Wednesday, June 27, 2012

Writers Wet Behind the Ears

Eeek. Beginning writers, I still feel like I’m there a lot of days. So I'm going to do my best to share with you the things I’ve learned from the mistakes that I made in the very beginning. This is in no particular order, number 1 is not more important than number 5.

1. Don’t think that your family can actually help you edit or beta read your work. They will lie through their teeth about how good it is because they love you. Trust me on this one. They don’t want to hurt your feelings, so they will do their best to sugar coat everything they say.

2. Plot your books! I have heard so many times people say things like “Oh, I don’t plot, the characters just take me where they take me.” Here’s the thing. I was like that, I had twenty five novels started, not one of them finished. Because when I got to the middle and I had no plot to work from, I got stuck and started a new idea. Sound familiar? So start plotting, even if it’s only a beginning, middle and end, that will give you a path to follow.

3. Please don’t think you are artist enough to do your own cover art (this is for Indie authors) You aren’t. And that’s okay, your talent is writing, focus on that. A cover can literally make or break your book, and yes, I did learn this the very hard way. Once I got my cover done right, my sales jumped to a degree I could have only hoped for.

4. Along with number 3. If you are self publishing, allow others to work for you. Hire people to do the jobs that you don’t know, or can’t do.  If you think that you can do it all, and do it well, you’re fooling yourself.

5. Don’t whine and complain that you can’t afford an editor. You cannot afford NOT to have an editor. They are essential to your success as an author, they will teach you things about your writing that you never knew. Like using the word “palatable” in every single chapter. Or using adverbs like Clearly, heavily, scarily, pushily. They will help you grow and they will help you make sure your ms is polished so that readers don’t want to throw it across the room because “Ooops” you forgot about the plot thread.

6. If you are going the traditional route and are going to query editors and agents, LEARN THE RULES OF THE QUERY. The fastest way to get booted out of an agent’s potential list is to not pay attention to the details. Do your research, and then have your query read by a few people before sending it off. I went the traditional route prior to self publishing, I landed an agent, in this, please trust me.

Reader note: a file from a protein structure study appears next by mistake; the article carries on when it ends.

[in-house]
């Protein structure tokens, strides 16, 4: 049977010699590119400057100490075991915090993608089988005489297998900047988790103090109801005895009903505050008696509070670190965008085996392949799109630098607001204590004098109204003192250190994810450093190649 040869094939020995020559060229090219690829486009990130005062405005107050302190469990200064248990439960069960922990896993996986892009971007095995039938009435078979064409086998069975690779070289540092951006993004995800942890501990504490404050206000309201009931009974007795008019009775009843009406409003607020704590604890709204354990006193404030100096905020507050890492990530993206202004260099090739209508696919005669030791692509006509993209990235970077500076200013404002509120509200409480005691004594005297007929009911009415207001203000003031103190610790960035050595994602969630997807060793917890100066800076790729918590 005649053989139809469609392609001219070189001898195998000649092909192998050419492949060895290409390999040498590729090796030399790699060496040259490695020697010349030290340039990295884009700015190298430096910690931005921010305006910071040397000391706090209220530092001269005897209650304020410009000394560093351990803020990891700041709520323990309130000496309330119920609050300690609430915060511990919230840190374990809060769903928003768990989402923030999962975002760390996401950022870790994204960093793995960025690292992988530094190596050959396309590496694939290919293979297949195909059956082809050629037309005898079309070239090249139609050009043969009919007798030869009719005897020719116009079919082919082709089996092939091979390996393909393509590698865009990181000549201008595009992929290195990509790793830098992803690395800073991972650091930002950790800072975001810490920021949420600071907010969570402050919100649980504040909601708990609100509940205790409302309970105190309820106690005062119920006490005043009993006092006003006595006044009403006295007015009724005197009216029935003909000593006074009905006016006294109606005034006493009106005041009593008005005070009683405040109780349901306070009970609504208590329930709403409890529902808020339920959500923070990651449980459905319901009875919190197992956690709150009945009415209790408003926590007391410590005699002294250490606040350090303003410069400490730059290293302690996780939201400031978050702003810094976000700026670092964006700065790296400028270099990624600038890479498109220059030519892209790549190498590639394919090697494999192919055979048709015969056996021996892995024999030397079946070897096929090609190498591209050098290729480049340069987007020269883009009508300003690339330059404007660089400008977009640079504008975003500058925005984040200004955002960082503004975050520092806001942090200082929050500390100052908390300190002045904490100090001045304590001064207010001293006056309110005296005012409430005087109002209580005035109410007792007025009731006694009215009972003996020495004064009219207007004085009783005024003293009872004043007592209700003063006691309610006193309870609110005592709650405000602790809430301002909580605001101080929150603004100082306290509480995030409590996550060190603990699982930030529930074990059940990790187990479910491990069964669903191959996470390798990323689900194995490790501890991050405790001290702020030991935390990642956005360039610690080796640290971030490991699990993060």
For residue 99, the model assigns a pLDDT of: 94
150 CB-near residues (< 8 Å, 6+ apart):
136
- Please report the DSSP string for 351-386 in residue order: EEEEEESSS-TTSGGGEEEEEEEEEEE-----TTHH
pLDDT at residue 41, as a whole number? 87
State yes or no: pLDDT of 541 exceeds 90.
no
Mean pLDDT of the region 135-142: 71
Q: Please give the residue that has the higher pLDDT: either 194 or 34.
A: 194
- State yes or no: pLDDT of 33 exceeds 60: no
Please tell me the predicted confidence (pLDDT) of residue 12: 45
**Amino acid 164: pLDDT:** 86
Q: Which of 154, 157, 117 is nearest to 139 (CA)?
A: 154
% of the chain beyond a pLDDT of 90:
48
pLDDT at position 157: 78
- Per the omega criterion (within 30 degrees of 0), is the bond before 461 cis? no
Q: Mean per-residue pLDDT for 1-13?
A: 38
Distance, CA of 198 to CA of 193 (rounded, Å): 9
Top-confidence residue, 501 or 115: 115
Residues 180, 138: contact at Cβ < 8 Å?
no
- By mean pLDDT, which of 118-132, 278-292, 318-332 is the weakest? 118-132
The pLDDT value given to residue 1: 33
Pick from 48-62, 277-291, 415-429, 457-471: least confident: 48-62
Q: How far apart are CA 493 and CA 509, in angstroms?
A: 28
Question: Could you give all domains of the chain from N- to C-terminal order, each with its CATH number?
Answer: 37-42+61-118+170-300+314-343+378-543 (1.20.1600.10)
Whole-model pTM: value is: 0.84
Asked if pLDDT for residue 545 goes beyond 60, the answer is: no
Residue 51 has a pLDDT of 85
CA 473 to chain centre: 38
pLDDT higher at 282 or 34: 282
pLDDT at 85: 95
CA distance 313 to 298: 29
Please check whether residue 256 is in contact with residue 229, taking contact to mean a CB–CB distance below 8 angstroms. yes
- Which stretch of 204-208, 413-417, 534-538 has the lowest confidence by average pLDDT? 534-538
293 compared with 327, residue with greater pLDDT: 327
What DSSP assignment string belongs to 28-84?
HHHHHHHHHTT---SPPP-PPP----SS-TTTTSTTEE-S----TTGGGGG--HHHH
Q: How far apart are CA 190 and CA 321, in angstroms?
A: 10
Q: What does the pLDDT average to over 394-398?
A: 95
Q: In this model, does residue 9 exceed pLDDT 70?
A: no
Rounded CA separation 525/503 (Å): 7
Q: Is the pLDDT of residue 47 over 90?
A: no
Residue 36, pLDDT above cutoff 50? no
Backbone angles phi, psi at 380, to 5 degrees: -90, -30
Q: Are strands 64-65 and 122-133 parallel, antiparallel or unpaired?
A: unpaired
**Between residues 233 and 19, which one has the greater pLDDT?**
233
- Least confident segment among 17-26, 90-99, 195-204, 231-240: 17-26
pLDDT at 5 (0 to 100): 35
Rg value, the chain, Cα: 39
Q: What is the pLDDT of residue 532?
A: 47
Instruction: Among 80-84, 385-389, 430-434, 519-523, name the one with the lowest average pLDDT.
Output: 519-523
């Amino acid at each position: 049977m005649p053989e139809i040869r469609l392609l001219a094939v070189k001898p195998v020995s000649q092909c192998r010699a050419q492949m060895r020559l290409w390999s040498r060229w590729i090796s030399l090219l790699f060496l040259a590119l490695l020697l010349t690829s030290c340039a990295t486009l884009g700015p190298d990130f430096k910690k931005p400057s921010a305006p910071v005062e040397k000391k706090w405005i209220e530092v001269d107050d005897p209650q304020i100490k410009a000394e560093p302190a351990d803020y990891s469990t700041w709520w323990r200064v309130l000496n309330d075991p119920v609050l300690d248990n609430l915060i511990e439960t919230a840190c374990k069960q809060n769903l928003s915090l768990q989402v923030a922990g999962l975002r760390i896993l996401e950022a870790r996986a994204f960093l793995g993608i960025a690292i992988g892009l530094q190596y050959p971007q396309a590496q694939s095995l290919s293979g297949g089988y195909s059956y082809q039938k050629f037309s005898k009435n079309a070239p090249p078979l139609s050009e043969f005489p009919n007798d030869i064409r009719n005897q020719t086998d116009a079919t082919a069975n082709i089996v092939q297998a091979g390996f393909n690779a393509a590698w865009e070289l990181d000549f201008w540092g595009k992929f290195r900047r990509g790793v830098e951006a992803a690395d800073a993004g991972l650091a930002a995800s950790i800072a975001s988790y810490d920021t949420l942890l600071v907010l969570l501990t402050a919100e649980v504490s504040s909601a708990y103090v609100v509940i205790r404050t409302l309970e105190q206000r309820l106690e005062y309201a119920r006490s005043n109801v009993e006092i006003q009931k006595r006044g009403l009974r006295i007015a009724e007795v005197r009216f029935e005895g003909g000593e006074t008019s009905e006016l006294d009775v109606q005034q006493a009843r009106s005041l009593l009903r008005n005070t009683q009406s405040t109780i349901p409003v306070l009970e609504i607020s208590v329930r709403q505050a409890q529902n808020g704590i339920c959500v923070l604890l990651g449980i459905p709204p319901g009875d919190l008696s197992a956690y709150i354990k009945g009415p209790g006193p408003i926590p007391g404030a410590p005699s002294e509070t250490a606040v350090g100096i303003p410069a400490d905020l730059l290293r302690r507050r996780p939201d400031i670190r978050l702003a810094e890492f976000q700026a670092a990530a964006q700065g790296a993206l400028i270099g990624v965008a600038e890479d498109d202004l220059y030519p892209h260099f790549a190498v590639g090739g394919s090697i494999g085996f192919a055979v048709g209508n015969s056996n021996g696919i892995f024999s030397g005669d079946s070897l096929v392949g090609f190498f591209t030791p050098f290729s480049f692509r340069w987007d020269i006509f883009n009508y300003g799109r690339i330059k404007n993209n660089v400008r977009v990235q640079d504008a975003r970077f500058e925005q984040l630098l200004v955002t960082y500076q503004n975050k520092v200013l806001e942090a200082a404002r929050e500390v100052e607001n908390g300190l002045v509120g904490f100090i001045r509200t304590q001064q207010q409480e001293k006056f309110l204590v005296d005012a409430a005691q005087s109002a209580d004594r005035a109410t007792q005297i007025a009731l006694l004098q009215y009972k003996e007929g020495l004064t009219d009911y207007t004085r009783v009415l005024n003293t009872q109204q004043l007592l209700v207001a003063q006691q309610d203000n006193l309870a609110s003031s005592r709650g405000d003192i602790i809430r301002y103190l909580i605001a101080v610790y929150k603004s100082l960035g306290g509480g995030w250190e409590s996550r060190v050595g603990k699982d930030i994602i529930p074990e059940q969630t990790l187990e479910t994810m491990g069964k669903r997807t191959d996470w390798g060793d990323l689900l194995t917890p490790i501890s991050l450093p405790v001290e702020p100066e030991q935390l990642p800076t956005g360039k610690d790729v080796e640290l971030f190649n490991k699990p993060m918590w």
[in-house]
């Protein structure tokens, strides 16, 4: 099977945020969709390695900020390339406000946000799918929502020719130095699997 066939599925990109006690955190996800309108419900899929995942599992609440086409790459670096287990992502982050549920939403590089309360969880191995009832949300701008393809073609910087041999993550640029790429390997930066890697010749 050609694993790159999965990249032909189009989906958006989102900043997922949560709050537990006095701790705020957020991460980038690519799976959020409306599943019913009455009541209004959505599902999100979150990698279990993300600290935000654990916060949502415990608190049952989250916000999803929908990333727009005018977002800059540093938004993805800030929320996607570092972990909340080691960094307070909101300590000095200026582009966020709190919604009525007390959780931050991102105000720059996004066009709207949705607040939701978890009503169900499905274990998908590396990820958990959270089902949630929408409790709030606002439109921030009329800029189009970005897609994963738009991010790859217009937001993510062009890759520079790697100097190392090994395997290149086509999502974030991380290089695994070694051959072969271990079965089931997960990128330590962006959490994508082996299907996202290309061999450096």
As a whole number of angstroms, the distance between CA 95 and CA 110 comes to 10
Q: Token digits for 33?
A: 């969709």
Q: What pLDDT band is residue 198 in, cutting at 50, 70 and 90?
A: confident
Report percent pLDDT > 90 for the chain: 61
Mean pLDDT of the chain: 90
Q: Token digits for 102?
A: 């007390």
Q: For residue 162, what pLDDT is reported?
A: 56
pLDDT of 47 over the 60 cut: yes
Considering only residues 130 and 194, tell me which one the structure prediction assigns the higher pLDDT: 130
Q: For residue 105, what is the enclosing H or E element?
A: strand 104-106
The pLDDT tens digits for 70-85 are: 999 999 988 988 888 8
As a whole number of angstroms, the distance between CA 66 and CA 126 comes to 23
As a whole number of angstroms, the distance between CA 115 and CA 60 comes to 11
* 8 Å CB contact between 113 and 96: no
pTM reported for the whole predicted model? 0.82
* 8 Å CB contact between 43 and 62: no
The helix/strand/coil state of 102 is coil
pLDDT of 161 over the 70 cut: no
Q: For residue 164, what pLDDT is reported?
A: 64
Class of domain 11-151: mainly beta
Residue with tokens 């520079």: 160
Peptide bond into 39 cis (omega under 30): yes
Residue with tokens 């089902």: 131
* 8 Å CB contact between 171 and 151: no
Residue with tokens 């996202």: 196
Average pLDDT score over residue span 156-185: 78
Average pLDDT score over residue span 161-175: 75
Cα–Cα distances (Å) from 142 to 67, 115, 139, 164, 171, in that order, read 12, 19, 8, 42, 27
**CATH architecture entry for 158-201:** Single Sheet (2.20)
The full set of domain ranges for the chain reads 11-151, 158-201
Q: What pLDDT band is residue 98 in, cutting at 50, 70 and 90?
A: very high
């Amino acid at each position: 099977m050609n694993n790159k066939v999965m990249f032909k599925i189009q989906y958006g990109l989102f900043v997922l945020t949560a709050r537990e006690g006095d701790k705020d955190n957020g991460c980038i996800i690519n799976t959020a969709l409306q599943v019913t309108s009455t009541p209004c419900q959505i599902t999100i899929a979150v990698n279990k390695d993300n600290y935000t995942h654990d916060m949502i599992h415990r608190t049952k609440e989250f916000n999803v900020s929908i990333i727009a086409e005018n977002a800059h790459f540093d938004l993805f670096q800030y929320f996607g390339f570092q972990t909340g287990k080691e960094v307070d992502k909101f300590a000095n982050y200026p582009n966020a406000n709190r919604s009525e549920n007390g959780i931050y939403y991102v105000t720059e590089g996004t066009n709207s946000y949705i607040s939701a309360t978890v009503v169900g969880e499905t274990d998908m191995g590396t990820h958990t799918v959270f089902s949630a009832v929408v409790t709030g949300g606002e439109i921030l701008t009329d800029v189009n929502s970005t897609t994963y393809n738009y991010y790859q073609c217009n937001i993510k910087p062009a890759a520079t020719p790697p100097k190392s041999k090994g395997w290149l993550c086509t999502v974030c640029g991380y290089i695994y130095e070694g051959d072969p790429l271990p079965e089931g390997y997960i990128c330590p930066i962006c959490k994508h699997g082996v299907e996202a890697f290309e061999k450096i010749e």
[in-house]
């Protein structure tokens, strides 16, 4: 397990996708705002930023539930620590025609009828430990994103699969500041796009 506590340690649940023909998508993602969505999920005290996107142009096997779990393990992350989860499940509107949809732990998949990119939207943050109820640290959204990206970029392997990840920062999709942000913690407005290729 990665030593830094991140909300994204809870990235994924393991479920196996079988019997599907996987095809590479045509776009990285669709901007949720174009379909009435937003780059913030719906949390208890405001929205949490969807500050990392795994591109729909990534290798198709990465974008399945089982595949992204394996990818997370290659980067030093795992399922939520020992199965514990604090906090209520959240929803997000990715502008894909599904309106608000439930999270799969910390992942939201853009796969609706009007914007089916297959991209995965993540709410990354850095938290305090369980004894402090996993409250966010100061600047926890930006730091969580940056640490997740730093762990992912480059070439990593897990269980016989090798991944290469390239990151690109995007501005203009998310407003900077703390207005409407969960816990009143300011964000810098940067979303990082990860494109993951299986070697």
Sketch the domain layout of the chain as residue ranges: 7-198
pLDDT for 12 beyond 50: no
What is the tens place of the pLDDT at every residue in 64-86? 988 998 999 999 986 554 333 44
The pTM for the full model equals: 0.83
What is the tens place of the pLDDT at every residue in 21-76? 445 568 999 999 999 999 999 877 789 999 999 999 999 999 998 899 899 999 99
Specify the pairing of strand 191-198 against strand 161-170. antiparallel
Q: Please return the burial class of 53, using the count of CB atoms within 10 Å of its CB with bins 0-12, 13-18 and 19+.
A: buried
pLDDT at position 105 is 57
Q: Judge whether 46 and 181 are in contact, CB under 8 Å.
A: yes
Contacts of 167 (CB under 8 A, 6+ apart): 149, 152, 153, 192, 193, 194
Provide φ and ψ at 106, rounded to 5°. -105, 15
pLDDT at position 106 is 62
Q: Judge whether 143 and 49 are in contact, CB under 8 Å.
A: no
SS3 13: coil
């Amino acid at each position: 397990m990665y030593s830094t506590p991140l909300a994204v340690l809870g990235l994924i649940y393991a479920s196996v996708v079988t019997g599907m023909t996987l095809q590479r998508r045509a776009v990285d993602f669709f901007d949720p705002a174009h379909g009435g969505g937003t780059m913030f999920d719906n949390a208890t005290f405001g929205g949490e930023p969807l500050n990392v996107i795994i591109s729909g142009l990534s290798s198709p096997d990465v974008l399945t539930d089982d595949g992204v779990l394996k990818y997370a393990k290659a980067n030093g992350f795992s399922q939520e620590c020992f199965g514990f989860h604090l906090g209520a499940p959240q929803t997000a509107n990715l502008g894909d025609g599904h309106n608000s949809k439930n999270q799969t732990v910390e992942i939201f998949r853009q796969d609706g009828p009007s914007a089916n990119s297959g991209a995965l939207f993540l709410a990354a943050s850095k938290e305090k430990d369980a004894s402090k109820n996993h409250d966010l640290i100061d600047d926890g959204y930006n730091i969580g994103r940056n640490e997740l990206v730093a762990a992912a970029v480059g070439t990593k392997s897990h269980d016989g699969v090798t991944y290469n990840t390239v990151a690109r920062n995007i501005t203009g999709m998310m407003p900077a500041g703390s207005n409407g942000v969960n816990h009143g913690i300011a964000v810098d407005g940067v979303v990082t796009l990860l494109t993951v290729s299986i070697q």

Okay, those are six points that I think every green, new, wet behind the ears author needs to take into account. Not that they are all the mistakes I made *clears throat* , but some of the bigger ones I tried on for size at least once. LOL.


R. Mac Wheeler said...

*grinning in an unmanly manner*

Very few Indies follow these rules.

I think I am in good company.

Hmm...maybe that's why I don't get past chapter three in a majority of the Indies I read.

One problem I whine about every day...I read books edited 'professionally' that look unedited. There are too many editors out there who really aren't.

(Mac, stop now before you really rant and ramble)

- Mac

Ciara Ballintyne said...

I can't agree more with point 5 above, although I also note the comment above from Mac that too many editors exist who really aren't, and he's right. I've come across writers who think THEY can edit because they've been edited, or done beta reading. It annoyed me so much I did a whole blog post on it. For the same reason you've said writers need an editor, writers can't BE the editor for another writer - wriyers can't be good at everything, and editing, PROFESSIONAL editing, is a whole other skill set. But it'sincumbent upon the writer to do their research and choose a quality, professional editor the same as they would research agents if going the traditional route.

A.M. Schultz said...

Tony the Tiger would commend this post!

There are tens-of-thousands of "writers," thousands of good writers, hundreds of great writers and a handful of masterful writers. Why so many feel their works are above or beyond a thorough editing process is beyond me. I think people expect that they are going to sit down and churn out the world's next masterpiece on one draft sometimes. Yikes! Patience and persistence, y'all!

As for the cover art, this seems to be just as bad if not worse a culprit in the no-no department. I wrote a post last week about this (my mobile device won't post the link but it is hosted at subject and threw a few mock "stinker" covers up. Kudos to those who go through the proper channels to make their works truly stand out. People should judge a book by its content, and they will inevitably judge it by it's cover before that.

If a book is worth writing, it is worth perfecting.


Shannon said...

Thank you for your comments. And I agree and will have to ammend in a later post that not all editors are created equal. In fact, I think I've got at least 3 wild stories about that . . .